Chukat: Dealing With Resentment

June 9, 2021

There are times when we are offended by the words or actions of others. We don’t seek revenge, and when asked, we even forgive. But the bitter grudge remains. How can we free our hearts of those negative impulses?

A: The Snake of Forgiveness

In this week’s Torah portion, G-d commands Moses to build a copper snake as a source of healing for all those who spoke against him and were susequently bitten by snakes. Rashi says that this is a lesson in forgiveness. His comment comes from the Midrash, which also mentions the special forgiveness of Abraham (source 1). What was Abraham’s story? See source 2.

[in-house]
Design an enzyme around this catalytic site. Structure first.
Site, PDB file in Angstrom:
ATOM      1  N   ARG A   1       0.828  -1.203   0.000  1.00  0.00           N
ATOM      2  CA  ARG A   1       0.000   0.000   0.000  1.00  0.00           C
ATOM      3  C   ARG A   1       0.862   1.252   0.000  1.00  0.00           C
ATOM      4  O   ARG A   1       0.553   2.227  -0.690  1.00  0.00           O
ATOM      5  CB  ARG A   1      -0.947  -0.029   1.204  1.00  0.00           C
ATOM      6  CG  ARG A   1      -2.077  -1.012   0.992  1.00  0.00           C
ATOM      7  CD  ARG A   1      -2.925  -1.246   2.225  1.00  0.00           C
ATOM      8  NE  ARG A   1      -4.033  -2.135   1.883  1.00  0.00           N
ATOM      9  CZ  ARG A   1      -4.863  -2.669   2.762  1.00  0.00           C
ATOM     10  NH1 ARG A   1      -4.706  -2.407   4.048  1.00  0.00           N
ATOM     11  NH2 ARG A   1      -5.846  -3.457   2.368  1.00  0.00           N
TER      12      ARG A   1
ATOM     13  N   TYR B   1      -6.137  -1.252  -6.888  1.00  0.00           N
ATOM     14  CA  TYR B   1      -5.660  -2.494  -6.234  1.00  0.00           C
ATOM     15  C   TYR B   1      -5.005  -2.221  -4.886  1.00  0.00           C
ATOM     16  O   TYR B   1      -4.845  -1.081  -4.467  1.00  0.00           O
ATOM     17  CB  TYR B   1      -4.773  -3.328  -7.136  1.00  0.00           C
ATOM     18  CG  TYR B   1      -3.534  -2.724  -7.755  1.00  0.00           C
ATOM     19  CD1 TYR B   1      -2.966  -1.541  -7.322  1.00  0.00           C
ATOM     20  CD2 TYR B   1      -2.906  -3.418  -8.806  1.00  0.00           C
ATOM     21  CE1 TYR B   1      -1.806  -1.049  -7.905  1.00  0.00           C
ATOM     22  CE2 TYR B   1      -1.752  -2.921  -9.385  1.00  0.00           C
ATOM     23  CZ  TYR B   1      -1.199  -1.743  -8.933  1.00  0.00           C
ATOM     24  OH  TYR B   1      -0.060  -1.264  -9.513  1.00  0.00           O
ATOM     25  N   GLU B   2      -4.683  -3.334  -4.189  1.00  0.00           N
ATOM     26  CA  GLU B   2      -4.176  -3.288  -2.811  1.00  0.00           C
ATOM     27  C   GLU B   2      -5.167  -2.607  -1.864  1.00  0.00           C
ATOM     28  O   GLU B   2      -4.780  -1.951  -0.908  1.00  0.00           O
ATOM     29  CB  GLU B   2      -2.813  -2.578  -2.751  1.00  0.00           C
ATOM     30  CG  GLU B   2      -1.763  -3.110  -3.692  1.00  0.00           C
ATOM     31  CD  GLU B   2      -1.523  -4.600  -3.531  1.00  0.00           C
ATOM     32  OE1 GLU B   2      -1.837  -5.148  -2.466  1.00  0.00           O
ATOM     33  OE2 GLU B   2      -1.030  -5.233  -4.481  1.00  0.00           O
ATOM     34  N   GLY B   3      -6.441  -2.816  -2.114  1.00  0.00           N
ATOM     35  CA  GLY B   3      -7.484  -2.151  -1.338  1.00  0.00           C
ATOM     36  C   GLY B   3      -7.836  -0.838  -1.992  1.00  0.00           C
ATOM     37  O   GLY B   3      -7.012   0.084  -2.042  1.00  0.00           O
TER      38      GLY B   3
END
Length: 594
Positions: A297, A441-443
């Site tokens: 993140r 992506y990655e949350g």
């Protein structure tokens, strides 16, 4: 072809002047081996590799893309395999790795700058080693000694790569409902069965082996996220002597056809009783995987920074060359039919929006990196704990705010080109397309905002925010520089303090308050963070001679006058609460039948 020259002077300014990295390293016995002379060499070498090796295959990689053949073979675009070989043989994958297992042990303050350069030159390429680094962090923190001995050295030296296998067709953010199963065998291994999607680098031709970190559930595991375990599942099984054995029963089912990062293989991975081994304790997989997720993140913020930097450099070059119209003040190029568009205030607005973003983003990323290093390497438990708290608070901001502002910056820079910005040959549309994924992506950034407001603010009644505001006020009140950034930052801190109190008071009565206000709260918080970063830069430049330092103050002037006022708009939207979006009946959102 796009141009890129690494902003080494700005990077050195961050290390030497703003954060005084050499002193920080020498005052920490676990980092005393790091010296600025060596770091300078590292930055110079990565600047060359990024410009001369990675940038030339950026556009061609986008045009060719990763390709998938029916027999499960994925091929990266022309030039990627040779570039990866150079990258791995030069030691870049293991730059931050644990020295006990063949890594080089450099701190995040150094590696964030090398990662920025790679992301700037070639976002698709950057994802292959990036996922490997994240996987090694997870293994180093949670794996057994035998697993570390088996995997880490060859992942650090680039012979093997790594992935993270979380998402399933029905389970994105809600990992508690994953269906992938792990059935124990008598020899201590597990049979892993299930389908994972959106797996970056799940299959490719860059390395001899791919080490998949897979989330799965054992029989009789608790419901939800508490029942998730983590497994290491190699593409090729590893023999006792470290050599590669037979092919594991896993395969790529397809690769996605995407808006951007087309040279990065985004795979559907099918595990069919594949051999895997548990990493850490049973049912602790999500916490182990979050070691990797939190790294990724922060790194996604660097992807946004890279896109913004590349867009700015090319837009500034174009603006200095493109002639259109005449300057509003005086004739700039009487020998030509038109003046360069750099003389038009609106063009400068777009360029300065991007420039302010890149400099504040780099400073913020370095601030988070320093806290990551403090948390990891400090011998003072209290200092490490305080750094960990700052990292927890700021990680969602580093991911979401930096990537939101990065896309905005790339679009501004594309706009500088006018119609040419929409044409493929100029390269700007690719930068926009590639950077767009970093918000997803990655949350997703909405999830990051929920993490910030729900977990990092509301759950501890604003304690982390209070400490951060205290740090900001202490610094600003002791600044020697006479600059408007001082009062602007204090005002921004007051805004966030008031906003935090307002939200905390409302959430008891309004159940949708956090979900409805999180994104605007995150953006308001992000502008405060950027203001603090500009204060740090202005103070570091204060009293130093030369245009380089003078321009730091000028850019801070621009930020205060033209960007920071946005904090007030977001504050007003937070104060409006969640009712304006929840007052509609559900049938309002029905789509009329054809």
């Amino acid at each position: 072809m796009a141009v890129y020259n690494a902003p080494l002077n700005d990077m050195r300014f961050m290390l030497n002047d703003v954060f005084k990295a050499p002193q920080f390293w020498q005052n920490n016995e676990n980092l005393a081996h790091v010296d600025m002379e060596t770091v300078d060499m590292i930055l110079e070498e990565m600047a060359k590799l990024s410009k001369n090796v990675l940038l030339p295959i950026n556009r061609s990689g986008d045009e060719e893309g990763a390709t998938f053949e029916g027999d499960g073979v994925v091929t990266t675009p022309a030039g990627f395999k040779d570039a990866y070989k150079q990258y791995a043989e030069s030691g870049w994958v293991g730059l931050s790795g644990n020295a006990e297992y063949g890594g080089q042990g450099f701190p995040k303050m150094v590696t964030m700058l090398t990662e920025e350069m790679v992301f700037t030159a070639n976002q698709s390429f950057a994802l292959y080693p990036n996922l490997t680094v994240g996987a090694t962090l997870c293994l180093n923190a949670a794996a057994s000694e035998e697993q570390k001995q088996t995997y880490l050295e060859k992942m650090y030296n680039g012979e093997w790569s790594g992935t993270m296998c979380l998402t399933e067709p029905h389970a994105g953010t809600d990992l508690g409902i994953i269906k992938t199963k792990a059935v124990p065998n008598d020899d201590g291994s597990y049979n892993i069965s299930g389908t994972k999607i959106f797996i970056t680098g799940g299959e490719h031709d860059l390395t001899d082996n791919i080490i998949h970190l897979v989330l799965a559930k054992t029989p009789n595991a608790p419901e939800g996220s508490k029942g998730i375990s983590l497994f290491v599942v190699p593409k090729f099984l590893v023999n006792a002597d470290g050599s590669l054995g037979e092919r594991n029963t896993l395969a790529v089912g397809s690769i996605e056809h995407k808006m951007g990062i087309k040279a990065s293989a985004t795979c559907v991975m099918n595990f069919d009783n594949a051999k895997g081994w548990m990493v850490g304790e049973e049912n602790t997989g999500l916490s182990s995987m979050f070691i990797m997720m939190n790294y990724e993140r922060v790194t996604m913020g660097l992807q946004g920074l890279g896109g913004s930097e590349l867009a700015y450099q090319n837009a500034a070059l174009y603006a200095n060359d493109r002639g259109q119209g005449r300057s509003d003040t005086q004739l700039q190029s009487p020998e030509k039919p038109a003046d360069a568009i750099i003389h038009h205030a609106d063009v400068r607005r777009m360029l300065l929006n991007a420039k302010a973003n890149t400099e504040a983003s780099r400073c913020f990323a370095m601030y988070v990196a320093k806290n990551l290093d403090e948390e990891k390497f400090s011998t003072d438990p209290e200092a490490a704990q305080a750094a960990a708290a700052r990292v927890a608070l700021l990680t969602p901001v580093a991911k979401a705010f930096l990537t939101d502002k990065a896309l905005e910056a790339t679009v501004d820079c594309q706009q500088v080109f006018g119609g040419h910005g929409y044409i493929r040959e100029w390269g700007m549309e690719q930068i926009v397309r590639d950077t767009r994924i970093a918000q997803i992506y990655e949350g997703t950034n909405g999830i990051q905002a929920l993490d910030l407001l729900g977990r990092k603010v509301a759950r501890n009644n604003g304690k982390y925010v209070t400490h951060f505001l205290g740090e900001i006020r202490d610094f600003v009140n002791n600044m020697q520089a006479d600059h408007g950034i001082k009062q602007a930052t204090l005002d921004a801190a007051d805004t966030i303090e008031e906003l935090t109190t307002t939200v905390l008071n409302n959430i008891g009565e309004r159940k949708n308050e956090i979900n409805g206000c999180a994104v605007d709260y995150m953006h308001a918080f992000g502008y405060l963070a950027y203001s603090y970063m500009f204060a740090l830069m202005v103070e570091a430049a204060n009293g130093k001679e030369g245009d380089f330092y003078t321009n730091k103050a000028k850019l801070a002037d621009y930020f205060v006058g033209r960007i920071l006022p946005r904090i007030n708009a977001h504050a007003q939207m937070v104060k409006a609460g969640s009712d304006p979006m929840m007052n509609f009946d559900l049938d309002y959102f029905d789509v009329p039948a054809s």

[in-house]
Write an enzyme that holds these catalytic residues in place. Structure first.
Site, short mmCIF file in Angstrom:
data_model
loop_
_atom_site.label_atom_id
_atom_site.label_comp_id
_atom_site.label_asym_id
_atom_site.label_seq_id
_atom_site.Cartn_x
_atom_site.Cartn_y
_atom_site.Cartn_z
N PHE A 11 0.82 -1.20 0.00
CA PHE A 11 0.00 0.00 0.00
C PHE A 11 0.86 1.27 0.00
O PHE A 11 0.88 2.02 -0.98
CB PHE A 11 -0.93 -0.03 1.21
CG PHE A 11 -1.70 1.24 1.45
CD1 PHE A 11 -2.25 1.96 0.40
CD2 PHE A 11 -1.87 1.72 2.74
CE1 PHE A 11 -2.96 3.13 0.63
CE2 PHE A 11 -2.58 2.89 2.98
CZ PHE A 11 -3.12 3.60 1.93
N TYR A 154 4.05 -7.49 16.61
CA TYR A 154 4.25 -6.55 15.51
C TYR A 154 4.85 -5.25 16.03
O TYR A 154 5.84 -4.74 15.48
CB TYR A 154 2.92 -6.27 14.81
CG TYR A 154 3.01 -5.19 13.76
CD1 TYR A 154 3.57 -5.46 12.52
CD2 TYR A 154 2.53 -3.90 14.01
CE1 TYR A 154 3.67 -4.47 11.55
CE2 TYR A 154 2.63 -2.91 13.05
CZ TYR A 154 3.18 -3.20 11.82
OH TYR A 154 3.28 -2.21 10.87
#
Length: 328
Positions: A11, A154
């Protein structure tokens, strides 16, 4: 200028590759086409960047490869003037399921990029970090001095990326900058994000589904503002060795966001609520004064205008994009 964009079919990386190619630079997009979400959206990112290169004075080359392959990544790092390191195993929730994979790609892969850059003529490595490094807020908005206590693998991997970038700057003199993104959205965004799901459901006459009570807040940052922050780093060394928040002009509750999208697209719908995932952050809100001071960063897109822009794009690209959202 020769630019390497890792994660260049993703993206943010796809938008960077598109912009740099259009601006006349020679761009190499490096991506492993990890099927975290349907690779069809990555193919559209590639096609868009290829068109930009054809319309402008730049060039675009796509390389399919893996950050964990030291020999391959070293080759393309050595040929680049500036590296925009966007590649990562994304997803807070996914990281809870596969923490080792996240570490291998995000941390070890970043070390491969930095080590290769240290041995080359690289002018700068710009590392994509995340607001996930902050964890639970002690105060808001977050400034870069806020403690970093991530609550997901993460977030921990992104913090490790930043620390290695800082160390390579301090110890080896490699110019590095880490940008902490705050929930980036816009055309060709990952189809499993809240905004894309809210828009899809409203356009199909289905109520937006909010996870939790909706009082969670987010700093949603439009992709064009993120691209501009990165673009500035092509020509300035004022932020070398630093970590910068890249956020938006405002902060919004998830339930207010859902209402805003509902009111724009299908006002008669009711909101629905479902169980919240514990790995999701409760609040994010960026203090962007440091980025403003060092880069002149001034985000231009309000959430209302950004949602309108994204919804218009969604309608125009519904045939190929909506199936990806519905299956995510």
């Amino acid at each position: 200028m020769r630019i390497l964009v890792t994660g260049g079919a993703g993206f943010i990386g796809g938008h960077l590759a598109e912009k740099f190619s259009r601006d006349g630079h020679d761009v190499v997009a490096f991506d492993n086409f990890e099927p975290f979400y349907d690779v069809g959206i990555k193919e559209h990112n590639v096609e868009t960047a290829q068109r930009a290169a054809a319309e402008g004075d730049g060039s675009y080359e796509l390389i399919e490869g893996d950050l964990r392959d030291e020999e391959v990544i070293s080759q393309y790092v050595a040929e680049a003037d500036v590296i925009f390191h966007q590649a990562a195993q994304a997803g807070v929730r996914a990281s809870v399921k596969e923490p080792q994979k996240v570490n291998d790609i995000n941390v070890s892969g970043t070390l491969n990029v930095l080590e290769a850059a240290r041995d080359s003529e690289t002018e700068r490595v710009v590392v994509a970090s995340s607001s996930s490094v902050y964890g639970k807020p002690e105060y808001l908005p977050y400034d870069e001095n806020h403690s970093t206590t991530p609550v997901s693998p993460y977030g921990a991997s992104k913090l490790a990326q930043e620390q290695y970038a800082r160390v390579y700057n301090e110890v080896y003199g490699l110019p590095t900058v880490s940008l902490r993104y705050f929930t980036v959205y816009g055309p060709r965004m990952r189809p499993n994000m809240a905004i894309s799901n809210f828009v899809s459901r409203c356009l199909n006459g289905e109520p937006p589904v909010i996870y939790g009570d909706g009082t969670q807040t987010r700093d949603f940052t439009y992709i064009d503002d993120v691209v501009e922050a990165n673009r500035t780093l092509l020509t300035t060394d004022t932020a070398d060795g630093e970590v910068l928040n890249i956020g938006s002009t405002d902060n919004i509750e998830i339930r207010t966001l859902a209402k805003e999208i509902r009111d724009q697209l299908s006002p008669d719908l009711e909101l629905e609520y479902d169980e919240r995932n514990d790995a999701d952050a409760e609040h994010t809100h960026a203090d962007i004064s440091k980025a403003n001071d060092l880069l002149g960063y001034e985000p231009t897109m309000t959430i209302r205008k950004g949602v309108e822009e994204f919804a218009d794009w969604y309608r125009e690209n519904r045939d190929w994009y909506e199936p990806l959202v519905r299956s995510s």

The Rebbe cites the Rashi on our verse and asks: Is this really Torah’s first lesson about forgiveness? Rashi’s very source speaks about Abraham, who lived much earlier and likewise granted forgiveness—despite being in a much more difficult situation!

B: Make it Your Own

A few weeks ago, we read how G-d told Moses to fashion trumpets. Curiously, G-d said, “make for yourself,” i.e., as Rashi explains, fashion them with your own resources (source 3).

Interestingly, the Rebbe points out, our story uses the very same terminology—Moses was to pay for the copper snake himself. Why? Herein lies the special lesson in forgiveness which Rashi alluded to.

C: Forgive and Forget

True forgiveness is when you demonstrate that there is no grudge left in your heart; outward forgiveness is not enough. By paying for the copper snake, Moses demonstrated that he forgave the people fully, despite their offence. That is what makes this Torah portion so unique.

A Story: Sender the Tea Merchant



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